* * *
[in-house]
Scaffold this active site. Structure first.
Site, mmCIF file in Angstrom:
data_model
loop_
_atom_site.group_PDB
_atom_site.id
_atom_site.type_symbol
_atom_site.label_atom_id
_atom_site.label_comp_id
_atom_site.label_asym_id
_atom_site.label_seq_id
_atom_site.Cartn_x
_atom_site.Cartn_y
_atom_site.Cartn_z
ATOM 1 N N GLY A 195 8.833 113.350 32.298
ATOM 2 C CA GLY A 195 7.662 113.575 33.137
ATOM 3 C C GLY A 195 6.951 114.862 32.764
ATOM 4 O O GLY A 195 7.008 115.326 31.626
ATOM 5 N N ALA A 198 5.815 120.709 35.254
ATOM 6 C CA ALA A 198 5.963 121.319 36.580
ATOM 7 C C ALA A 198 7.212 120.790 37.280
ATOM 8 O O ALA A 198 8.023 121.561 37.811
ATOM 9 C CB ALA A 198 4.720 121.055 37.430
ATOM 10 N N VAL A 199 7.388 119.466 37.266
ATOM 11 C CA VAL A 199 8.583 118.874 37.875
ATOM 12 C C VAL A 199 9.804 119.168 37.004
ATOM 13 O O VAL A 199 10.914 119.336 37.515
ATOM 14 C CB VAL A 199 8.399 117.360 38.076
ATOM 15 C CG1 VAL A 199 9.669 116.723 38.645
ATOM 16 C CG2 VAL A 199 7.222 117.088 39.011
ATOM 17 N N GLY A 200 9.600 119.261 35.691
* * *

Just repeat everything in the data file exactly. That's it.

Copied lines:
[in-house]
Scaffold this active site. Structure first.
Site, mmCIF file in Angstrom:
data_model
loop_
_atom_site.group_PDB
_atom_site.id
_atom_site.type_symbol
_atom_site.label_atom_id
_atom_site.label_comp_id
_atom_site.label_asym_id
_atom_site.label_seq_id
_atom_site.Cartn_x
_atom_site.Cartn_y
_atom_site.Cartn_z
ATOM 1 N N GLY A 195 8.833 113.350 32.298
ATOM 2 C CA GLY A 195 7.662 113.575 33.137
ATOM 3 C C GLY A 195 6.951 114.862 32.764
ATOM 4 O O GLY A 195 7.008 115.326 31.626
ATOM 5 N N ALA A 198 5.815 120.709 35.254
ATOM 6 C CA ALA A 198 5.963 121.319 36.580
ATOM 7 C C ALA A 198 7.212 120.790 37.280
ATOM 8 O O ALA A 198 8.023 121.561 37.811
ATOM 9 C CB ALA A 198 4.720 121.055 37.430
ATOM 10 N N VAL A 199 7.388 119.466 37.266
ATOM 11 C CA VAL A 199 8.583 118.874 37.875
ATOM 12 C C VAL A 199 9.804 119.168 37.004
ATOM 13 O O VAL A 199 10.914 119.336 37.515
ATOM 14 C CB VAL A 199 8.399 117.360 38.076
ATOM 15 C CG1 VAL A 199 9.669 116.723 38.645
ATOM 16 C CG2 VAL A 199 7.222 117.088 39.011
ATOM 17 N N GLY A 200 9.600 119.261 35.691